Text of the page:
As I already mentioned, the key to becoming lucid is being able to recognize when something strange happens and then ask yourself if you are dreaming. Get into the habit of asking your kids if they are dreaming. When something unexpected happens, make it a game to ask if they are dreaming. This will help you and them question reality more often. It also teaches them critical thinking skills and the importance of always questioning everything. The more often they question reality, the more likely they will become lucid while dreaming.

“The way that you can tell if you are dreaming is when you see things that can’t happen in real life.”

– 5 year old explains lucid dreaming to 2 year old sister.

2) Encourage Them to Draw Their Dreams

Another useful tool in having regular lucid dreams is the dream journal. The kids’ version is a book with blank pages where they can draw their dreams rather than write about them. The idea is to help them remember their dreams, so it doesn’t matter if they write or draw them. The point is to take time to remember dreams and pay attention to them, giving them more importance.

3) Give Them A Magical Wand

If your little one often has nightmares, try this great idea. Give them a plastic toy magic wand and tell them that it is a very special wand. Say, “right now this wand is just a toy, but if you put it under your pillow, you’ll have it when you dream. It becomes a real wand with magic powers in your dreams and you can do anything you want just by thinking it. This technique works best with young dreamers.

4) Try Virtual Reality

Finally, I can’t help but mention an idea I’ve ran across recently. I’m a huge Virtual Reality fan and so I’m working on creating a VR Game based on Phillip Aisling’s dreams. During my research I read some reports online of people who started having more frequent lucid dreams ever since they began using virtual reality. So, this is another reason to run out and buy a VR system just in case you needed an excuse. I’m sure you kids will love it! And it might just help having more lucid dreams, too.

Thank you for reading. I hope I have sparked some interest in lucid dreaming and perhaps even provoked some interesting ideas. Please check out the exciting content planned and coming soon:

  • Virtual Reality Game – A VR Game for Google Cardboard and Samsung Gear called Phillip Aisling’s Lucid Dreams is currently in production. It is designed to give the player an inside look into Phillip’s dreamland. It will also be a fun way to learn and practice lucid dreaming skills.
  • Audio Book – The audiobook is out now! Featuring professional voice actor Fred Wolinsky, who has done an amazing job of bringing each character to life with unique voices.
  • Ebook – The ebook price has dropped from $7.99 to $2.99! I hope to be accepted to soon where I will run a free giveaway promotion.
  • 5 Paperback Giveaway Contest – There is a contest running right now on Goodreads for 5 free copies! Sign up for it today!
  • – You can also win a SIGNED copy of the paperback by supporting the Thunderclap campaign. By supporting the Thunderclap you are entered to win a free signed copy and you also help me spread the word of the upcoming free ebook giveaway on August 27th.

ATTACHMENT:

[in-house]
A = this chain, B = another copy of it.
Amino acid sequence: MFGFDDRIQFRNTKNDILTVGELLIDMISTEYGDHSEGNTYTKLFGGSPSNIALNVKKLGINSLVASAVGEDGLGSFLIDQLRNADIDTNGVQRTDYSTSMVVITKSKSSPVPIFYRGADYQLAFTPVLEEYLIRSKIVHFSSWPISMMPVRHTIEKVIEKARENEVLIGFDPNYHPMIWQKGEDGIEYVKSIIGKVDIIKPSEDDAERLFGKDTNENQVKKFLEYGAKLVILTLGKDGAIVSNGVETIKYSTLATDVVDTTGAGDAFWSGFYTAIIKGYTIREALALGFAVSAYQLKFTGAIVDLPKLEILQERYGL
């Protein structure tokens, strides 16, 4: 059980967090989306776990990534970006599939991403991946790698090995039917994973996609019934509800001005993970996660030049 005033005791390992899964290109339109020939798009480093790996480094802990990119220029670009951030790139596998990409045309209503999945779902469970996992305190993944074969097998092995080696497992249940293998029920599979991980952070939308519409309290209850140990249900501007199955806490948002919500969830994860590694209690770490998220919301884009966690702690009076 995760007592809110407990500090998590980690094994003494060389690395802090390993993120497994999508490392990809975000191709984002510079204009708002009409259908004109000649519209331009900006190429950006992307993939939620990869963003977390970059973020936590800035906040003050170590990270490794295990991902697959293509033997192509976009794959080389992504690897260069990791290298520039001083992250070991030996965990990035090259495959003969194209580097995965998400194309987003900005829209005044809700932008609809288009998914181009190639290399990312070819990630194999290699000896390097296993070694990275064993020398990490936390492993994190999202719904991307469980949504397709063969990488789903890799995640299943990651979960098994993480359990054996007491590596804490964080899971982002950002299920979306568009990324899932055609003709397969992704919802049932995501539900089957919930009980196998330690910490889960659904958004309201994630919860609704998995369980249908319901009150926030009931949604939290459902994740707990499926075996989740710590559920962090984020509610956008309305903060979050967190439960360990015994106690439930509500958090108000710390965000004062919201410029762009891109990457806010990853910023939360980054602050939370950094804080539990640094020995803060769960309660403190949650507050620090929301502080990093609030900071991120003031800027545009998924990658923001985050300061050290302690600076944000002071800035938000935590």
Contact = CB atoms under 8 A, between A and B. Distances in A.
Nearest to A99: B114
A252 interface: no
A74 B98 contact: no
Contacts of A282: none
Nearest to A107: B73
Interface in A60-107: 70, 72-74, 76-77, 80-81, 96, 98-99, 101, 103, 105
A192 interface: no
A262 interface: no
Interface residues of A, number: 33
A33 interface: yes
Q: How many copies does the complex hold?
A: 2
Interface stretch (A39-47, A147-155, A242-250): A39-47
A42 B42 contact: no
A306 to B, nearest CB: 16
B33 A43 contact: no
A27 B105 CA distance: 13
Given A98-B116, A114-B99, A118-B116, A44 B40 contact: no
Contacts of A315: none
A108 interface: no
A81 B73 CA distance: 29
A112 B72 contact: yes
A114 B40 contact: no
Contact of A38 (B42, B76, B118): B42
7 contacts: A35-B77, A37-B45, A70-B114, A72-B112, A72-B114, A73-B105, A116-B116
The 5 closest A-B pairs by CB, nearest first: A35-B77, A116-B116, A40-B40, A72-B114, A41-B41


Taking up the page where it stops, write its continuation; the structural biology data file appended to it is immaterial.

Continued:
THANK YOU! And remember to always dream big!

Brandon BosseAbout the author

Brandon Bosse is a computational cognitive neuroscientist, biomedical engineer, and visiting scholar at UCSD. He has worked in the field of retinal implants for the past 10 years, including prior work in Germany and Australia. During this time he wrote The Dreams of Phillip Aisling. He was inspired to begin writing the story after awakening from an unusually vivid dream in 2007. He is a Lucid Dreaming and Virtual Reality enthusiast and is also working on a VR Game called Phillip Aisling’s Lucid Dreams, where the player can learn lucid dreaming techniques while exploring Phillip’s dreamland.
Follow Brandon at,, and to get regular updates about the VR project, the upcoming audiobook, and the next book in the series!


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5 Responses to The Metaphysics of Lucid Dreaming – Visionary Fiction for Kids, Part 2

  1. Thanks for a great post, Brandon. Love that term: Numinous Nagwaagan. 😀

    I also want to apologise to Brandon and everyone who commented at part one of this two-part post. Brandon did reply to most comments but they were left at ‘pending’ status for a good two weeks before I finally noticed this morning. :O

    All comments are showing now. Direct link to post:


  2. Victor Smith says:

    Excellent material, Brandon. You have succeeded in opening the Visionary Fiction conversation to both a fresh audience—kids—and fresh subject matter—lucid dreaming and the multiverses that make it possible and advantageous to explore. It also it looks like you are opening VF to new media—virtual reality and gaming. Well done and I look forward to reviewing more of your work and that of similar innovators.


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  3. Brandon, There is such creativity here. Not only in your storyline, but in your suggestion for how to handle nightmares with lucid dreaming in kids (and adults!). I enjoy your multi-media approach in expressing your creativity. Well done!


  4. As a grandmother, I found this post fascinating, especially what it says about lucid dreaming helping children connect to their unconscious mind and question reality and what is really possible, ideas not discussed, even discouraged, in school. Thank you for your steps in teaching children how to lucid dream. Very helpful.


  5. I was impressed by your vision, too. Thank you for writing this book for children, Brandon–and much success to you in all your writing endeavors!